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    Continuous Integration and Deployment using Google Cloudbuild

    Posted at — Oct 19, 2020

    An amazing alternative for people who need fast and easy Continuous Integration and Continous Deployment tool on Google - Cloudbuild. Very helpful if the infrastructure is hosted on Google Cloud Platform.

    This quick guide will show how to run test and deploy application that is using:


    Setup is very easy, all that needs to be done is to jump into documentation and start playing with it.

    First, create your GCP project and enable the billings.

    Go to Cloudbuild Console and create a trigger.

    Each trigger can be fired on one of the events:

    Authorize with Github and select the repository with regular expression matching a chosen event

    cloudbuild trigger branch

    There are two options to make your configuration: yaml file or custom Dockerfile

    build config options

    cloudbuild.yaml setup

    Everything is based on Docker. You can either create a custom image or use the existing one.

    Setup services

    First, if the project is using a database, cache, datastore, or any other service I would recommend creating a use docker-compose to set everything up:

    version: '3'
        image: redis
          - "6379:6379"
          - "6379"
        command: gcloud beta emulators datastore start --project test --host-port "" --no-store-on-disk --consistency=1
          - "8002:8002"
          - "8002"
          name: cloudbuild

    The important part here is to use cloudbuild network name to have access to defined services in every step of the build. Remember to use the service name in the code when you are connecting services in the test mode.

    redis.Redis(host=‘localhost’, port=6379) redis.Redis(host=‘redis’, port=6379)

    Define cloudbuild.yaml with all steps

    # 1
    - name: "docker/compose:1.15.0"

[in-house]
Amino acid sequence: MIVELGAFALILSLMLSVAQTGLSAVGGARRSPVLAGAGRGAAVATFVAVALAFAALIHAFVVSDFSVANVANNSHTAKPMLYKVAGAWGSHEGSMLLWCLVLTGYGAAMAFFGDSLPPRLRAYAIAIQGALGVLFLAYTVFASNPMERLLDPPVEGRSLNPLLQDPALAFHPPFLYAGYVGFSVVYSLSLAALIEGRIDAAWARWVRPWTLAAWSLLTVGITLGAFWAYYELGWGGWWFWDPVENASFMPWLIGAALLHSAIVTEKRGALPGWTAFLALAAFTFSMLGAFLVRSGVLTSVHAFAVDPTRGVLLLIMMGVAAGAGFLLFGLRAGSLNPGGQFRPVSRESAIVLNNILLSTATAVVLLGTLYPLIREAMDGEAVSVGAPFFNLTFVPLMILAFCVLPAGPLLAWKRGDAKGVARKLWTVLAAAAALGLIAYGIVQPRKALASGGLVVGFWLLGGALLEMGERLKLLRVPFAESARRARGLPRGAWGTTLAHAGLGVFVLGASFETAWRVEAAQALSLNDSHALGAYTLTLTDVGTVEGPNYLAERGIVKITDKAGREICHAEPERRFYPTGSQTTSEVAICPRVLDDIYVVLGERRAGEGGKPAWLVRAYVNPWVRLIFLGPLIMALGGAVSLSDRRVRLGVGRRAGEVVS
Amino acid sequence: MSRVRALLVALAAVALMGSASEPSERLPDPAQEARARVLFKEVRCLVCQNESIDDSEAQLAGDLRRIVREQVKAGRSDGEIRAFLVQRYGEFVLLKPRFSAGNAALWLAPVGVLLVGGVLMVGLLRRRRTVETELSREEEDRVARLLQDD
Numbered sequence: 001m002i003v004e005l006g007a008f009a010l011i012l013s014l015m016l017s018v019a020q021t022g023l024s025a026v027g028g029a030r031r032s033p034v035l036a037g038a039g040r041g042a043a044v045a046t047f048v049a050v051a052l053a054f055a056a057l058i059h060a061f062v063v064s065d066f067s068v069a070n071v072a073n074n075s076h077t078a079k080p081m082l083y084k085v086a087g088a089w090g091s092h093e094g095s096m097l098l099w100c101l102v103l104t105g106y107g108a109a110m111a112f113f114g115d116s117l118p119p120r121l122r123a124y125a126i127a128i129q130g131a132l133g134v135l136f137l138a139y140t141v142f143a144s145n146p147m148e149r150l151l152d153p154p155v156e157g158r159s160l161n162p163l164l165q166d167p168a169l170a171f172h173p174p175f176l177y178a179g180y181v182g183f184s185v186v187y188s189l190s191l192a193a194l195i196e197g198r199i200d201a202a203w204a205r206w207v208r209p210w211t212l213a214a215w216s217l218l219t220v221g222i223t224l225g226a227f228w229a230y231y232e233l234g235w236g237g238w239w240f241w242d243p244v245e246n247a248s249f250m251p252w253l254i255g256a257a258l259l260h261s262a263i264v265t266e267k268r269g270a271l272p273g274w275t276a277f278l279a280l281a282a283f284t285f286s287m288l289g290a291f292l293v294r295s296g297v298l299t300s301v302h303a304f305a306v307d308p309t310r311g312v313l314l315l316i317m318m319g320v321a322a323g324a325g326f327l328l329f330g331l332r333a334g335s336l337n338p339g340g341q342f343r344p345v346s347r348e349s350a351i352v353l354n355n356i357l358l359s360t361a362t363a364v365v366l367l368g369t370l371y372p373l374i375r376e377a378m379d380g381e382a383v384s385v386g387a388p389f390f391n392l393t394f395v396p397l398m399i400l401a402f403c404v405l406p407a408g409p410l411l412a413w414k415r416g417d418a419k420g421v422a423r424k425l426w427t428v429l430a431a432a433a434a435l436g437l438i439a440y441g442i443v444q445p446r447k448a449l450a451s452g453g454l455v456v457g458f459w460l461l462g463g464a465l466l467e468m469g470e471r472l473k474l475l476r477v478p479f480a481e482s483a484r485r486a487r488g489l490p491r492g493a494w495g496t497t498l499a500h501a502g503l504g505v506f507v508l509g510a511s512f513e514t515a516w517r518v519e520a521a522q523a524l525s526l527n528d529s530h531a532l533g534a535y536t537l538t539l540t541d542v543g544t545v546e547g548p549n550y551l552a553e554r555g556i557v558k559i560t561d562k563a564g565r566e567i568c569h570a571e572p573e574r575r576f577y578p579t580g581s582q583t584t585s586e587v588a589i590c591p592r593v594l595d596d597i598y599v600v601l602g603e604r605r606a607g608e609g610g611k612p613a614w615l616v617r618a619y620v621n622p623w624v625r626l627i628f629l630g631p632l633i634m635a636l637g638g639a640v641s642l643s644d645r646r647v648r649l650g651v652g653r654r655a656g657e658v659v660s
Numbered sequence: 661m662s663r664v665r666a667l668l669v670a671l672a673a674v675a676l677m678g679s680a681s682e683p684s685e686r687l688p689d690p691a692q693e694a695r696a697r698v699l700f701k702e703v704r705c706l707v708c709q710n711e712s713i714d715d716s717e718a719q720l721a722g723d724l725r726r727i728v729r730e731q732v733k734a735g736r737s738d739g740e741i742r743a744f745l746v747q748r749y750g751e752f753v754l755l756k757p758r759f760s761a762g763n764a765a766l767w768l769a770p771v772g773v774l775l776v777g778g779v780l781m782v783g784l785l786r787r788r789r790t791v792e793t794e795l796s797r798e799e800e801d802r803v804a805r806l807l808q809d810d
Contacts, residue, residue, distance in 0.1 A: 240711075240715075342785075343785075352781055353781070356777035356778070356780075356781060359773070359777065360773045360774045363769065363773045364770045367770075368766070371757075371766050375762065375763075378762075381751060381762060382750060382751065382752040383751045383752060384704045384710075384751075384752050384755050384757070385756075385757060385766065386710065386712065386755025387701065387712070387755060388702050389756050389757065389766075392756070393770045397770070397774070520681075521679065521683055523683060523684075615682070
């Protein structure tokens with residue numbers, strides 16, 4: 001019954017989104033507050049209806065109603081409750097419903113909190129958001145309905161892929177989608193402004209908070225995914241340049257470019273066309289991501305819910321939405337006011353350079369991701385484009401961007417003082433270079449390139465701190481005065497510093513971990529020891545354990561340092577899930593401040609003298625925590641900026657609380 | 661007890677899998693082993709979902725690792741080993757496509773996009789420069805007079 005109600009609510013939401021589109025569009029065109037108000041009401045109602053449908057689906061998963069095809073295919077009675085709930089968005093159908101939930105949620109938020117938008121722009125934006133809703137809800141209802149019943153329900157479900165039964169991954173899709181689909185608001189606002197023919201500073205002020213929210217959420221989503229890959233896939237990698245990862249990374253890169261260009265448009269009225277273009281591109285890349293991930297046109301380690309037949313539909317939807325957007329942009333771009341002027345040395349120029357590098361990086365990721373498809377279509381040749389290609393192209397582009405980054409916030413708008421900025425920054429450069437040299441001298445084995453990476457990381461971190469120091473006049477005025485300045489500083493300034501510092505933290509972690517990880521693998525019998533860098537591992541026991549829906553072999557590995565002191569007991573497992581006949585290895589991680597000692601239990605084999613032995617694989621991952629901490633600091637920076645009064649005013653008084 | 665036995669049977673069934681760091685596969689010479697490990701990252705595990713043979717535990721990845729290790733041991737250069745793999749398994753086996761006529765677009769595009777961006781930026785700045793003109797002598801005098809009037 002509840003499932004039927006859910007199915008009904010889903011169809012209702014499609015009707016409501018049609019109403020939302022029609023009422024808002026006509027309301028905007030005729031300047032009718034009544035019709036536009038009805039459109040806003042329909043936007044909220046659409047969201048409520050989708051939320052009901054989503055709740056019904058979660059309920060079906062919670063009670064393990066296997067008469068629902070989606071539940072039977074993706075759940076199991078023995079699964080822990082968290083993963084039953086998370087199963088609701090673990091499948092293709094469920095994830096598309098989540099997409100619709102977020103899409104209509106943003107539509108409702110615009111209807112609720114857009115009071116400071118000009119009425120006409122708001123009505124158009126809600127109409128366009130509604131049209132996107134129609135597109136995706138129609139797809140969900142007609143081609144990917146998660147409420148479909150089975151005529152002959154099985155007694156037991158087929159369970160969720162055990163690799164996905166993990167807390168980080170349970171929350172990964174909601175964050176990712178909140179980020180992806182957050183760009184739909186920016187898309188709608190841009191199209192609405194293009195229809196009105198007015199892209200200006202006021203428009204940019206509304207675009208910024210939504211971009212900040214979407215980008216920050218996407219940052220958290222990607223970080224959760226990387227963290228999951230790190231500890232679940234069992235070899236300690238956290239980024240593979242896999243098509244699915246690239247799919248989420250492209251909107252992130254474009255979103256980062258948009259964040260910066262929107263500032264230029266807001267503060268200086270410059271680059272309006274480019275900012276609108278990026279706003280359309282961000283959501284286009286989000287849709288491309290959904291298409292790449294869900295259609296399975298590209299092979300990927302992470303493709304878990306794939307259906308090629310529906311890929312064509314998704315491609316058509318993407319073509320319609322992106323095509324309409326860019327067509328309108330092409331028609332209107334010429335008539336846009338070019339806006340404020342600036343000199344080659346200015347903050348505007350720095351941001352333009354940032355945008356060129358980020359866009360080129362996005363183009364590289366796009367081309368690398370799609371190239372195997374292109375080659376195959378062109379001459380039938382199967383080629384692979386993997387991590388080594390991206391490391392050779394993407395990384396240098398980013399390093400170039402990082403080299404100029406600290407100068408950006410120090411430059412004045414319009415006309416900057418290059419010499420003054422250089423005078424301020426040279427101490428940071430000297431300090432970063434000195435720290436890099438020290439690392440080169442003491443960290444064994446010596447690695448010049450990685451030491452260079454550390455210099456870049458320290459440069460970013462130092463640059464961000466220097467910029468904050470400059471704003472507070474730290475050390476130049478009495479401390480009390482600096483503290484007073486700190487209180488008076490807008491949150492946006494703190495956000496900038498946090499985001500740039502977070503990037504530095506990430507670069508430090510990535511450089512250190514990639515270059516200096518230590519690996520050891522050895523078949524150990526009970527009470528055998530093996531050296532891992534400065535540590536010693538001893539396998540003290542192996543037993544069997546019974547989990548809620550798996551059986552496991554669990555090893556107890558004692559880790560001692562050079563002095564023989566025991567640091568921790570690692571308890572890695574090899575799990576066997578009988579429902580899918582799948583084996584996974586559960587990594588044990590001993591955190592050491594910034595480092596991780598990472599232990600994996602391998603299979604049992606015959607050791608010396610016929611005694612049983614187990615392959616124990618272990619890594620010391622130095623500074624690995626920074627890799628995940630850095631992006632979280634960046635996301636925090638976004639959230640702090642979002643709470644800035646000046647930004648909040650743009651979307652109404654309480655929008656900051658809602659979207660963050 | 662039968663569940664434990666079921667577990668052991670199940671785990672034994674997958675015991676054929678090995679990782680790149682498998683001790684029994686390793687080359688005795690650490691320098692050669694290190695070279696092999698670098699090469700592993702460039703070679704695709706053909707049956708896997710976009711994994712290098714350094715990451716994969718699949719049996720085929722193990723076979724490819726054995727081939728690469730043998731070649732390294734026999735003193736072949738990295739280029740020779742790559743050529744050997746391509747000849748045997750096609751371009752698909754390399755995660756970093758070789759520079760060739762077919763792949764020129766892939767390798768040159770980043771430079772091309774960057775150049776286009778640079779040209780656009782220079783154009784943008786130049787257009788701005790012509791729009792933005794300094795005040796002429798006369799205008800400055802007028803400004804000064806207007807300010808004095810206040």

id: "docker-compose"
      args: ["up", "-d"]
    # 2
    - name: python:3.7
      id: requirements
      entrypoint: bash
      args: ["scripts/"]
      waitFor: ['docker-compose']
    # 3
    - name: python:3.7
      id: tests
      entrypoint: bash
        - "PYTHONPATH=/workspace:/workspace/lib"
      args: ["scripts/"]
      waitFor: ['docker-compose', 'requirements']
    # 4
    - name:
      id: secrets
      entrypoint: bash
      args: ['scripts/']
      waitFor: ['tests']
    # 5
    - name:
      id: deployment
      entrypoint: bash
      - "YAML_CONFIG=app_service1.yaml"
      args: ['scripts/']
      waitFor: ['tests', 'secrets']
    # 6
    - name:
      id: deployment
      entrypoint: bash
      - "YAML_CONFIG=app_service2.yaml"
      args: ['scripts/']
      waitFor: ['tests', 'secrets']


    #1 Run docker-compose to setup database and cache services

    #2 Install python dependencies

    pip install -r requirements.txt -t /workspace/lib
    pip install -r requirements-test.txt -t /workspace/lib

    #3 Start tests

    python -m pytest -c cloudbuild_pytest.ini -vvv

    Note that all steps are having waitFor parameter. It is not starting a step until all defined steps in array are finished

    #4 Pull all the secrets to the instance

    secrets=$(gcloud secrets list --format='table(NAME)')
    for secret in ${secrets[@]:4}; do
      value=$(gcloud secrets versions access latest --secret=$secret)
      // do anything you want with the secrets

    #5/#6 Deploy two app engine services asynchronously

    pip install setuptools
    pip install pyyaml python-dotenv
    # render app yaml and load secrets
    gcloud components install beta
    gcloud app deploy --quiet queue.yaml
    gcloud app deploy --quiet cron.yaml
    gcloud app deploy --quiet index.yml
    gcloud beta app deploy --quiet $YAML_CONFIG --promote


    Last but not least, permissions. There is no need to create any special service accounts or credentials, the important part happens in IAM console.

    Go to the console, find a member with email: ??? and edit permissions.

    Common permissons for App engine case:

    Build history

    build history

    Github build status

    github status


    I’m very happy with this solution, mainly because: